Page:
In their attempt to claw back money for Medicare and Medicad, CMS pays private auditors as part of the RAC program (recovery auditing program). Auditors get from 9% to 13% of the money they accuse hospitals of miss-billing for. Unfortunately they have a dismal record because a large percentage of claw back funds get returned to hospitals. So the question is with such a large financial incentive are the auditors making up these false charges against hospitals? AHA answers that in this whitepaper to CMS.
If you sell in the IT space or Diagnostic Imaging Equipment this report will tell you what is being purchased, trends, and what level of penetration has occurred. For example, over 98% of academic centers have already purchased CR and DR. They are not your low hanging fruit. To find out what is read this very detailed HIMSS report.
"In view of the conventional wisdom about the role of medical technology in driving up costs, it is surprising that the cost of medical devices has risen little as a share of total national health expenditures. It is also striking that, unlike most other areas of medicine, the prices of medical devices have actually been growing more slowly than both the overall medical or consumer price index."
"Money directed at technologies not shown to have meaningful clinical benefit beyond the conventional technology result in wasted health care dollars that may have been better spent on care with demonstrated evidence for improving health. Tomosynthesis is the newest breast cancer screening technology rapidly diffusing into community practice with minimal comparative effectiveness evidence that the benefits of the new technology outperform digital mammography in a clinically important way."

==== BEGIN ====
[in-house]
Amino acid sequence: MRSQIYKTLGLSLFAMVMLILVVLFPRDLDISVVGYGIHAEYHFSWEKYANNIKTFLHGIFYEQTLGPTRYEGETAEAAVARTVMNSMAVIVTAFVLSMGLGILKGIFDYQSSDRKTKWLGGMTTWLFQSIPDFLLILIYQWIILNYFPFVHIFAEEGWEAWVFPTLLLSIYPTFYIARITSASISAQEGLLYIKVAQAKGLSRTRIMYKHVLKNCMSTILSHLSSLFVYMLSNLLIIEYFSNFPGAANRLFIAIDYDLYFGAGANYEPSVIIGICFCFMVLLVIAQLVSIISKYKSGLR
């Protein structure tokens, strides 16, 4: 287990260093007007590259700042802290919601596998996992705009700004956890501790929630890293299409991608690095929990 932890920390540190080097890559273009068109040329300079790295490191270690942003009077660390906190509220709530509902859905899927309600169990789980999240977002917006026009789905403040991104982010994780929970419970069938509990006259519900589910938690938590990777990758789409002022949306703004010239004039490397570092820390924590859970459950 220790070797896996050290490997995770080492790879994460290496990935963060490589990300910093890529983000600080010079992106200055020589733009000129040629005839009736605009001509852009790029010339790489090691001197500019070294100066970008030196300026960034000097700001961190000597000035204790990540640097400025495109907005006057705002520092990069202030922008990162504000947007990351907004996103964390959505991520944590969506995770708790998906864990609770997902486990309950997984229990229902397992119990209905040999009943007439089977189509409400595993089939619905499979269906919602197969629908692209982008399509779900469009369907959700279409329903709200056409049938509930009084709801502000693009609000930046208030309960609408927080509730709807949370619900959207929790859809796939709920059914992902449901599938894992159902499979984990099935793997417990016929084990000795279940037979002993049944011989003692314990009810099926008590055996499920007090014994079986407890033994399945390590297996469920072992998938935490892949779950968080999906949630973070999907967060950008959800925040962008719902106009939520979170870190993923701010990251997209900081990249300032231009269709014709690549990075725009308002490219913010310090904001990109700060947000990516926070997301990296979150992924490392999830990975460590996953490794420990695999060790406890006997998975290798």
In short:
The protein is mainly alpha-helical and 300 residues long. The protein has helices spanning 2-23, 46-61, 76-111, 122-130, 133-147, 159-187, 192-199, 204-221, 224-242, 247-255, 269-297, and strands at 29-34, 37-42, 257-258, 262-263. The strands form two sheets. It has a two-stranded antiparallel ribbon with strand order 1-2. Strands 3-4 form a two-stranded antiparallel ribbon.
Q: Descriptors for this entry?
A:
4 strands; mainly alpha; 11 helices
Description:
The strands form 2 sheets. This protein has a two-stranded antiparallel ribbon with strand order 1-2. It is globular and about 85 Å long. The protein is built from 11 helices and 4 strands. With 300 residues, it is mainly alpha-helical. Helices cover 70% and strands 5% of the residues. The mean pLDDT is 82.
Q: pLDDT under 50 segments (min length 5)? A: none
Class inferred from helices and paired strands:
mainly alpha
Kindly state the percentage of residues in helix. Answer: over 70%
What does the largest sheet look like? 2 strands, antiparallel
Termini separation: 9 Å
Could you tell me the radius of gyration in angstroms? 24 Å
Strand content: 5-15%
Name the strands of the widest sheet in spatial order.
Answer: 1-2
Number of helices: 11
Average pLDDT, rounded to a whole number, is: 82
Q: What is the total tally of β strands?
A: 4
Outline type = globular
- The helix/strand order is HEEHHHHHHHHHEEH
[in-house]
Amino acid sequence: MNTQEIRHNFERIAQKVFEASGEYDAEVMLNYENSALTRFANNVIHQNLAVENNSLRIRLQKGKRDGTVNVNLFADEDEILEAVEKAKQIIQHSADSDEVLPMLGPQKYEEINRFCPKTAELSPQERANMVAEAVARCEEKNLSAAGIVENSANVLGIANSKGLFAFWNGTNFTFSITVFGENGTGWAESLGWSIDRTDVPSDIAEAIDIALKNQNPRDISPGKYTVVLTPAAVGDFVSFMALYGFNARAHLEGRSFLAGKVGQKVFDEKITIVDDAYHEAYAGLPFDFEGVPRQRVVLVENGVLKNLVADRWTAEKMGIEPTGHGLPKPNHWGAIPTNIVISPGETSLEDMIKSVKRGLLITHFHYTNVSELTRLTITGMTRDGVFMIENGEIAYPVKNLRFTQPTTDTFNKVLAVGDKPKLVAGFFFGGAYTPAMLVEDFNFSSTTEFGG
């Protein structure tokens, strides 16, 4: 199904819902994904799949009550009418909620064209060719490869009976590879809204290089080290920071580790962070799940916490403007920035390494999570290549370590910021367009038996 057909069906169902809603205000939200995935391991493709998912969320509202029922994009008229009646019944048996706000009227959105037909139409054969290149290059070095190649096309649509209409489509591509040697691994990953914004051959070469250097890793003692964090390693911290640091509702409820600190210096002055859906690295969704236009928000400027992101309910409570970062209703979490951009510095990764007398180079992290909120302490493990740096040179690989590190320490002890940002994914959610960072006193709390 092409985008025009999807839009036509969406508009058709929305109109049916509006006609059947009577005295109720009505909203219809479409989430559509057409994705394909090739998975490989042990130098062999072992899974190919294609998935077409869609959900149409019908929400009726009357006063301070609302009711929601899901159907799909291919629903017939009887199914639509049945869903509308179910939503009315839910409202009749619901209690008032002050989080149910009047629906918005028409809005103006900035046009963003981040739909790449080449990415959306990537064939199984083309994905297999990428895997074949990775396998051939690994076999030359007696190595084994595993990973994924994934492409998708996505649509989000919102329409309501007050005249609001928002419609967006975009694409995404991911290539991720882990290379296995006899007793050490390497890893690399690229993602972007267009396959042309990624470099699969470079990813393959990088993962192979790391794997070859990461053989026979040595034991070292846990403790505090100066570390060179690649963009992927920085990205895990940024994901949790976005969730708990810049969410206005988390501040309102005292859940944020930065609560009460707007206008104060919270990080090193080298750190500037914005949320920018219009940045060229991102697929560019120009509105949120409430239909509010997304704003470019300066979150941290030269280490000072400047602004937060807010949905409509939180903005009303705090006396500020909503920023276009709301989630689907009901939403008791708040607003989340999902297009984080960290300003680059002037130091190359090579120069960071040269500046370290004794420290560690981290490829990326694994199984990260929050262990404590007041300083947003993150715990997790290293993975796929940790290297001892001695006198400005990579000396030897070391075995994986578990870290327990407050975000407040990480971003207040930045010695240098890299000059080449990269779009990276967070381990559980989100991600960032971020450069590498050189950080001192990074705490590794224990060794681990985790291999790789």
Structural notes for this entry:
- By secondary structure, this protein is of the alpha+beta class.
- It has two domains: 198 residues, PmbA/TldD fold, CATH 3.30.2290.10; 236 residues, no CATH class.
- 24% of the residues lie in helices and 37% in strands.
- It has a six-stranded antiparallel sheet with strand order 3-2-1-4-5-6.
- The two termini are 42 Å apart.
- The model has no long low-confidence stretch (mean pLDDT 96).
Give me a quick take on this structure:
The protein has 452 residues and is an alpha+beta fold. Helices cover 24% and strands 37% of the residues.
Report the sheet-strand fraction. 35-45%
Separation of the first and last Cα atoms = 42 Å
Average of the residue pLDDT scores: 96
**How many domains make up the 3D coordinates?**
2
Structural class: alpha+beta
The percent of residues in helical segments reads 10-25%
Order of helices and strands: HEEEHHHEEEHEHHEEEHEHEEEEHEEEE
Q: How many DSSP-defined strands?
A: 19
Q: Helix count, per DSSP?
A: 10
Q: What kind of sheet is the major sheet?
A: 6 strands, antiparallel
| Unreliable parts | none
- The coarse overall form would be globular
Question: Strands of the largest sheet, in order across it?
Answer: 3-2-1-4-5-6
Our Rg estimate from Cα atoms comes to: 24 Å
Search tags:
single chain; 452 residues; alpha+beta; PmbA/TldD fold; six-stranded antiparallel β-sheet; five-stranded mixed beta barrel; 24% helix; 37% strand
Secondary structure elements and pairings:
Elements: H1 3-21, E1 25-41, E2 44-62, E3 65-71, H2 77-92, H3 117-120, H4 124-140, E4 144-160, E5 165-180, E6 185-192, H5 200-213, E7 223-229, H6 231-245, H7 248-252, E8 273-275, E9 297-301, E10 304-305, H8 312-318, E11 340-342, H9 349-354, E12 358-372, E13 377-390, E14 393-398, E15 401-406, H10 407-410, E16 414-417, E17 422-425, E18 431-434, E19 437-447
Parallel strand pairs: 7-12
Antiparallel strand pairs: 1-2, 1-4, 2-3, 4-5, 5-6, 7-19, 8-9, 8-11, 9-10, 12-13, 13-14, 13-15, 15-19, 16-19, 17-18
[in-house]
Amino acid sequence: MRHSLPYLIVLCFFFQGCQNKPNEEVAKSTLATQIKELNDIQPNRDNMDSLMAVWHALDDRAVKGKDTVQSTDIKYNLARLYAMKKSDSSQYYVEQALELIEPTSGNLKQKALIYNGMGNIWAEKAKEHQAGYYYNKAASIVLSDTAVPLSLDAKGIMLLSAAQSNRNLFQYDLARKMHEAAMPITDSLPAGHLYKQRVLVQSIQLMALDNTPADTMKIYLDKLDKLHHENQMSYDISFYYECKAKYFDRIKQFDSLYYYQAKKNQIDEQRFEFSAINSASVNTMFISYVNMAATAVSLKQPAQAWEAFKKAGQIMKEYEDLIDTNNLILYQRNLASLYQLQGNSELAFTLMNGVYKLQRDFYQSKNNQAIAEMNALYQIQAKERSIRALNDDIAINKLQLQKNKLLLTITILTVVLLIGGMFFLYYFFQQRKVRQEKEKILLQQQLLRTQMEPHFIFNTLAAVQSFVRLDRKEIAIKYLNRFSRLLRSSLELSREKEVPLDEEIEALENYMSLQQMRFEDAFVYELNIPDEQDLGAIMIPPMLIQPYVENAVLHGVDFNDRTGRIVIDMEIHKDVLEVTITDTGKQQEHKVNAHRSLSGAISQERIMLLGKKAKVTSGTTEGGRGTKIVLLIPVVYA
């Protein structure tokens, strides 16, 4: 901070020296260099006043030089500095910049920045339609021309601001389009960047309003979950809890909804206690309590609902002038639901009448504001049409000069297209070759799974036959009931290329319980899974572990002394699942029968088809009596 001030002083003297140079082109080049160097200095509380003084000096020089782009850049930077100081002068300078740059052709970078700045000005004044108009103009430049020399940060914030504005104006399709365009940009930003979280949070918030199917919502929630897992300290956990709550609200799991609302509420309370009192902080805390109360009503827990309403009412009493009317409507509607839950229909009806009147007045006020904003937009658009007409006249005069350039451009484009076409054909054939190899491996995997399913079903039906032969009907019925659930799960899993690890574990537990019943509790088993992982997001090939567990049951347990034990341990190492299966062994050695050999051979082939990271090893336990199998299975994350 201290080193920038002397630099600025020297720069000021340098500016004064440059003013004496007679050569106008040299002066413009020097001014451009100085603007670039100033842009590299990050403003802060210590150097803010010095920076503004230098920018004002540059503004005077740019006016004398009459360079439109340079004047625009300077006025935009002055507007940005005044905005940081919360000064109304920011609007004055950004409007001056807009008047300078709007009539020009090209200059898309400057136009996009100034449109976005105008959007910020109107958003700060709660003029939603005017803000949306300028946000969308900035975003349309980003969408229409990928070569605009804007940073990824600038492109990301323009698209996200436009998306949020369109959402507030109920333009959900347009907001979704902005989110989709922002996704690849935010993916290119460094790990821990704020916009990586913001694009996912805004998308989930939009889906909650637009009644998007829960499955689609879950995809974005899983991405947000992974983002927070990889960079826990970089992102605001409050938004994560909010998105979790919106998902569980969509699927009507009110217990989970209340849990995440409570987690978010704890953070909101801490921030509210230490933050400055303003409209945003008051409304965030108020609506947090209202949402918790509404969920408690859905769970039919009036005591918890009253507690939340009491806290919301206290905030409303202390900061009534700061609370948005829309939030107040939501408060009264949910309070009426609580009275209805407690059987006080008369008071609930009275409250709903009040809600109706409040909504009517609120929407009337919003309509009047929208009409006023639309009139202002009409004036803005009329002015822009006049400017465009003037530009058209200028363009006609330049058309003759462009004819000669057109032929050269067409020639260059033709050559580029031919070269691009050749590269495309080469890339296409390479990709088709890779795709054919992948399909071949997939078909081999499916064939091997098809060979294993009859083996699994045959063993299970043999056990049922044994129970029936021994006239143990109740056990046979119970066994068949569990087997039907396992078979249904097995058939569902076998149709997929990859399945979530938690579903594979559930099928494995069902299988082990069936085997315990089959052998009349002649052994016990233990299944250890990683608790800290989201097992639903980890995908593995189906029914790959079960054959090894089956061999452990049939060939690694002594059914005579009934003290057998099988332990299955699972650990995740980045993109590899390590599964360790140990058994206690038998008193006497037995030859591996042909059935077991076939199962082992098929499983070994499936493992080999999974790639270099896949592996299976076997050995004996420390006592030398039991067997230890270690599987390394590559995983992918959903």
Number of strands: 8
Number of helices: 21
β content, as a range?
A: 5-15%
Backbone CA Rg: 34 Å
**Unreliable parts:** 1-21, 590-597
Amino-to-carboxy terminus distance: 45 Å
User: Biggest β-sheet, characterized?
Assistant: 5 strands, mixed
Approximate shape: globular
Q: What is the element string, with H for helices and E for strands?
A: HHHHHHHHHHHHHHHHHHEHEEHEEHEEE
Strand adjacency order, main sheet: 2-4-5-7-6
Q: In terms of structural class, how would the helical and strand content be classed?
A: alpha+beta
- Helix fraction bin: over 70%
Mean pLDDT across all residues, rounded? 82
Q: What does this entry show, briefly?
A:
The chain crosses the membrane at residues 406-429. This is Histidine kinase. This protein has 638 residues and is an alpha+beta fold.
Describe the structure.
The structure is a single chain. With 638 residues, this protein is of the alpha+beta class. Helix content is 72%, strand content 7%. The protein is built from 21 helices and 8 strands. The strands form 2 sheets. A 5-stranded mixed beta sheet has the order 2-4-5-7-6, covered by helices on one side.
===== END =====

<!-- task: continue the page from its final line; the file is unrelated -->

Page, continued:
For-Profit hospitals have dramatically shifted their buying from multiple IT solution purchases to single purchases. Government and Not-For-Profit hospitals continue to have multiple IT initiatives and purchases in the same year. This has important sales implications: don't try to sell into For-Profit facilities if they are already implementing a new IT solution - get on their next buy radar. The Dorenfest Institute for Health Information and Healthcare Information and Management Systems Society (HIMSS) have extensively analyzed the Healthcare IT space.
Health sector economic indicators that we need to be aware of. For example: drug prices are up while hospital charges are down. Good news if you're in the pharm business; not good news if you sell high dollar capital equipment to hospitals. Since the recession in 2007 Healthcare costs are up 14.5% while the economy as a whole deflated 10.5%. That means healthcare spending will be forced to constrict. This and many other useful facts are in this whitepaper.
Although healthcare has been changing for decades—think about the introduction of diagnosis-related groups (DRGs) or the initial push toward managed care in the 1980s—the Affordable Care Act (ACA) promises to accelerate both the rate of change and the level of uncertainty confronting the industry.
In its ongoing quest to align its standards to those of the Centers for Medicare & Medicaid Services (CMS), The Joint Commission today issued another revision of its rules for preventive maintenance. This document also includes the rules that service providers must follow in order to be in compliance, such as record keeping, and safety checks after a major repair.
As healthcare moves away from a fee-for-service payment environment to one that encourages reimbursement for quality and value, chief financial officers face a damning reality: Revenue and income will be strained as hospitals make a push to keep patients out of their four walls when necessary.